Nelly Bassily | October 26, 2009
It takes nearly four hours by truck to get from Niger’s capital city of Niamey to the rural village of Bambamgata. Amadou Moussa made this journey through winding roads at the beginning of the growing season. Now he’s standing in a field. His long shirt is covered in mud. His wife works beside him, pulling weeds from a patch of okra. This work is difficult, Mr. Moussa says. More difficult than his city job as a price controller. But as the cost of living has risen, he has come to the country to grow food and earn extra money.
Over the past five years, Niamey has seen a reversal of the “rural exodus.” People who came to the city in search of a better life are now returning to the country. It’s so common that there’s a word for it in the Hausa language – Manoma birni, or urbanite farmer. They’re also known as part-time farmers.
Part-time farmers keep their jobs in the city. Some spend the growing season in the country. Others work in the city during the week then tend to a farm on the weekend. Many cultivate their grandparents’ land. Others rent land.
Mamane Moustapha dreams of becoming a full-time farmer. He left the rural life 25 years ago. But he became disillusioned with city life. He works as a plumber. But his wage is not enough to provide for his family. Mr. Moustapha now cultivates a plot in the country. He says his family can now live decently all year.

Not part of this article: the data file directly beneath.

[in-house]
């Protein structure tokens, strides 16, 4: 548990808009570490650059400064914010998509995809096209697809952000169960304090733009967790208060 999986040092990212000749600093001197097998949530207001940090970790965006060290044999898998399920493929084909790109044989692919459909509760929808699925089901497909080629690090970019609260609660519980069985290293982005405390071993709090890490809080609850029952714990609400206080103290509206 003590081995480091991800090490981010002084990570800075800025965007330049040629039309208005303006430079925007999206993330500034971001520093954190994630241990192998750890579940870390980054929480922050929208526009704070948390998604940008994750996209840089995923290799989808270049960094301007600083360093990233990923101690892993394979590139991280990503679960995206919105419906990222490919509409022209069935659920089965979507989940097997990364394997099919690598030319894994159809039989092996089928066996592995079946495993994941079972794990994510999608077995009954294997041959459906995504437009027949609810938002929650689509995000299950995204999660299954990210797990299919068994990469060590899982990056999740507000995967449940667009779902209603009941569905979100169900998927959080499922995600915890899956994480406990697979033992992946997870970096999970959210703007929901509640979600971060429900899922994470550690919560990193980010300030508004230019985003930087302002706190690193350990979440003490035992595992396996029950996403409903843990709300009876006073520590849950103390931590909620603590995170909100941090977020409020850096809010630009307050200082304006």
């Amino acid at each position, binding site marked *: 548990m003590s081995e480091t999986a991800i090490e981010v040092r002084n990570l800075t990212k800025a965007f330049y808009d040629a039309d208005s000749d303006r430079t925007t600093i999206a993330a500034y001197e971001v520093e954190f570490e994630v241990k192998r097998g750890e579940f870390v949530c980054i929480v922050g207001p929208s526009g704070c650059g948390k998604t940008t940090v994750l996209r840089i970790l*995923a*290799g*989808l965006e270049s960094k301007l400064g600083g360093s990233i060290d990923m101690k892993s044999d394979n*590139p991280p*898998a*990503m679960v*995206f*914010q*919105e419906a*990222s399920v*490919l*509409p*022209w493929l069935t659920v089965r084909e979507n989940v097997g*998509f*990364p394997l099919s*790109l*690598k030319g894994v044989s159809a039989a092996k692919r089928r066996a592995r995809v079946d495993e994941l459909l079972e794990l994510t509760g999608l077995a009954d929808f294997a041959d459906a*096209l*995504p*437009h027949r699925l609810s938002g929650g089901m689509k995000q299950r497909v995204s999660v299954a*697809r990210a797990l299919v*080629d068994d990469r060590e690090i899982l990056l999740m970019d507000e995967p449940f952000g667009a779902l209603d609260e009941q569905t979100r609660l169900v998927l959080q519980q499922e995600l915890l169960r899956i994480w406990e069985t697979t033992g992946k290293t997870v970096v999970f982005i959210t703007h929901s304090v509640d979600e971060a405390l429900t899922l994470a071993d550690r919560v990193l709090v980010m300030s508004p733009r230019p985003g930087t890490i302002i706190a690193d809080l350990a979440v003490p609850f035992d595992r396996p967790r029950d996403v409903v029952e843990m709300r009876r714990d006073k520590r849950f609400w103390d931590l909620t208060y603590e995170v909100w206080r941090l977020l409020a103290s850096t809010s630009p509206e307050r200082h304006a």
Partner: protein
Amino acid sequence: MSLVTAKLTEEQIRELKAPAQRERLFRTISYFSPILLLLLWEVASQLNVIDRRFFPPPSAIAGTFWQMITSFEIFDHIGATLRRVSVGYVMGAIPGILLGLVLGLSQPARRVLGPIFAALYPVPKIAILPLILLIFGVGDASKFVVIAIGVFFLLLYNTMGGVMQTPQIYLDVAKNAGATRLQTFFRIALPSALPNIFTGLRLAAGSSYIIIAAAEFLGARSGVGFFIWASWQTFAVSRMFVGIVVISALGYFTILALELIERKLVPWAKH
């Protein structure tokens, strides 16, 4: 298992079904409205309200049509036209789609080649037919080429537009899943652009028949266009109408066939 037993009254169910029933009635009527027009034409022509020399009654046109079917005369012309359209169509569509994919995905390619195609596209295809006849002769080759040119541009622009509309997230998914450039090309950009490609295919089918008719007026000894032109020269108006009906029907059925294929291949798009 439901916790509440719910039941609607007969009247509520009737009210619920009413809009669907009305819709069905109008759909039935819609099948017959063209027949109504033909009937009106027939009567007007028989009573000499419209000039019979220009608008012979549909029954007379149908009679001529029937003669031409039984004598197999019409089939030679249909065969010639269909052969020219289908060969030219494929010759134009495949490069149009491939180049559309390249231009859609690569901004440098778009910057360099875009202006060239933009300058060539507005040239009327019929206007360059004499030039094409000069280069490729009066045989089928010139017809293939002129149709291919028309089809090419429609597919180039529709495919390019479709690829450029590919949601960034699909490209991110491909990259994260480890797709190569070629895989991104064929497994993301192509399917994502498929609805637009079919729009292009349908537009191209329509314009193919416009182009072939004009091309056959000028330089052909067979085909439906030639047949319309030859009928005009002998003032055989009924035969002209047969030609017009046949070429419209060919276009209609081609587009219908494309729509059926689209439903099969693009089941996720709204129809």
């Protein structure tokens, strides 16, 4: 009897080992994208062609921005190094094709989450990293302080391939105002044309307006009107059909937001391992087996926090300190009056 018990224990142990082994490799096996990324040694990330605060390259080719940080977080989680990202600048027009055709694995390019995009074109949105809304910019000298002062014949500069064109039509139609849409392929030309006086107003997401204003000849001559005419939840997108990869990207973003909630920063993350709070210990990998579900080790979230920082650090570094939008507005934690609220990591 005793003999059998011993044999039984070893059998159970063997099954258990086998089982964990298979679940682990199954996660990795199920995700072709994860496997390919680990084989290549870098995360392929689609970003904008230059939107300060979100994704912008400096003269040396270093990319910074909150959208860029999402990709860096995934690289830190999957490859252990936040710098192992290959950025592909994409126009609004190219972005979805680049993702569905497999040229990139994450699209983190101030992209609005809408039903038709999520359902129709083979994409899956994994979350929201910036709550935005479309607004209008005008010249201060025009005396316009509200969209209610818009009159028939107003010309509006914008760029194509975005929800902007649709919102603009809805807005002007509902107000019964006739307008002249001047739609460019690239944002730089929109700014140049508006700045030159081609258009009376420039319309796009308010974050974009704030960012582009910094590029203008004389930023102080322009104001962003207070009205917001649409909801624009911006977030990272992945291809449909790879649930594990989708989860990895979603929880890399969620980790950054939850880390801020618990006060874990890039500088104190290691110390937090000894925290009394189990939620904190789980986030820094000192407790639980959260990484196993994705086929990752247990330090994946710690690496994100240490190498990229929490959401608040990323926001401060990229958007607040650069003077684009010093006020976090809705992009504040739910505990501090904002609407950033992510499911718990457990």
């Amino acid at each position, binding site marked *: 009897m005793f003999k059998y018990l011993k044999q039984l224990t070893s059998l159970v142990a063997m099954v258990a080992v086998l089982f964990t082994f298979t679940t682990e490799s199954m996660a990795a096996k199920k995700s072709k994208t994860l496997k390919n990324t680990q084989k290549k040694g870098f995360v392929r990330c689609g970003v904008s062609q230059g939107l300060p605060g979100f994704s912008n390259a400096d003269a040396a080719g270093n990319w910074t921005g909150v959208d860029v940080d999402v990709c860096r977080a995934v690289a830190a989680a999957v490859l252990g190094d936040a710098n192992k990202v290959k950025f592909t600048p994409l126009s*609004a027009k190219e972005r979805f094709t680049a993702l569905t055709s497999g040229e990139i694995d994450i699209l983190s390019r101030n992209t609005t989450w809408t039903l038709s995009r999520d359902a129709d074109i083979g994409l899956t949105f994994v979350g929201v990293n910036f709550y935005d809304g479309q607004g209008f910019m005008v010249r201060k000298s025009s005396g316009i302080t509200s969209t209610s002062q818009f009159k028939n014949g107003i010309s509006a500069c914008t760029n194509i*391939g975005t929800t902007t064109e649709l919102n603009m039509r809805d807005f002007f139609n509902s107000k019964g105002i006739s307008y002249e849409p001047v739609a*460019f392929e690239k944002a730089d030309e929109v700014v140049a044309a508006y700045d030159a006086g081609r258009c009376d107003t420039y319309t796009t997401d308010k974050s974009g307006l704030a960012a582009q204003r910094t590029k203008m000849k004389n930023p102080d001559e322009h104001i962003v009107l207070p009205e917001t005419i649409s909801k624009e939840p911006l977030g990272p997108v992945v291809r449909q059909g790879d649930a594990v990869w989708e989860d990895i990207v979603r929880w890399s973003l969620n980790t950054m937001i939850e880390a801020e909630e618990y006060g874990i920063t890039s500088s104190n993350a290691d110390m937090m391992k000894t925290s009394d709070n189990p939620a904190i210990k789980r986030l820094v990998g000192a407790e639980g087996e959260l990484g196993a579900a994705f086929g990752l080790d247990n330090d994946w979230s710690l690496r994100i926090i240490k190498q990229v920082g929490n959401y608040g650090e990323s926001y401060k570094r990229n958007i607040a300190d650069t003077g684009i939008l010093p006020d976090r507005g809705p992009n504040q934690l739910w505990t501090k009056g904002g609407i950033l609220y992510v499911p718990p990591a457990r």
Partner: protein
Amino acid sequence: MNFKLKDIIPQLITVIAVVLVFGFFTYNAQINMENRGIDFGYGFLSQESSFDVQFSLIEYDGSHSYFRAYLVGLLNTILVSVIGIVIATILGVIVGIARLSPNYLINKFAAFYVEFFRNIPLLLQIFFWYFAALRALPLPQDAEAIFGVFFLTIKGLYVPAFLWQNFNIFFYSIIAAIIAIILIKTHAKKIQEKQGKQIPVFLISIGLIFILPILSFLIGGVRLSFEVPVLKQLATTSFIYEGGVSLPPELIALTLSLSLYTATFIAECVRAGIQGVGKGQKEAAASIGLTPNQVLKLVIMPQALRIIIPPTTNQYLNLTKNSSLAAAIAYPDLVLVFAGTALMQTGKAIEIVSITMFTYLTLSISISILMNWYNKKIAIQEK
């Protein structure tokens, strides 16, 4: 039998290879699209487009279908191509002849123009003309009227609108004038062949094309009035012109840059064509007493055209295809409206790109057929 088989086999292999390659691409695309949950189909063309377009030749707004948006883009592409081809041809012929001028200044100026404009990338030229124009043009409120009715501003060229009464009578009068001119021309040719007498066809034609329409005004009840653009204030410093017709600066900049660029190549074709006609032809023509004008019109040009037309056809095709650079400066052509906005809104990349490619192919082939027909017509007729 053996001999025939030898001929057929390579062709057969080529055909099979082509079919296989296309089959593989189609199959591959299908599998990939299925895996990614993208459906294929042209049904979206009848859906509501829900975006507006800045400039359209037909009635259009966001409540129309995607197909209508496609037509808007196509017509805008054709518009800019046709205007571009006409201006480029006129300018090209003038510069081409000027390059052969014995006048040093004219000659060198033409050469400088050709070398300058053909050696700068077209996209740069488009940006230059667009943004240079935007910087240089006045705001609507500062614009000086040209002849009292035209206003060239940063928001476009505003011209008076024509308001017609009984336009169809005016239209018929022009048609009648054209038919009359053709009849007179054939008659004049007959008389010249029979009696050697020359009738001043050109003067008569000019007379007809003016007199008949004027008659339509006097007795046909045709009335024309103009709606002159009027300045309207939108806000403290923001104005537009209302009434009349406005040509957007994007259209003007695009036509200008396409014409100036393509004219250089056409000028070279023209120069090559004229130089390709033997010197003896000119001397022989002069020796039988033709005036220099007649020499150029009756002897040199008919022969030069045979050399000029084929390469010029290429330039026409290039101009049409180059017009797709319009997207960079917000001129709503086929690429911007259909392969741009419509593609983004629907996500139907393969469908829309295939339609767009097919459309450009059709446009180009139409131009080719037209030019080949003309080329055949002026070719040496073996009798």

At first, regular farmers were doubtful of part-time farmers from the city. They did not expect the urbanites to stay, since there is no electricity or running water. But, over the years, the part-time farmers have proved their determination to work the land.
Hassan Tahirou is an extension officer. He says part-time farmers are changing the way that full-time farmers think about agriculture. According to Mr. Tahirou, farmers who used to be skeptical of alternative techniques are taking note of approaches used by part-time farmers. He says full-time farmers are becoming more open to new ideas and advice.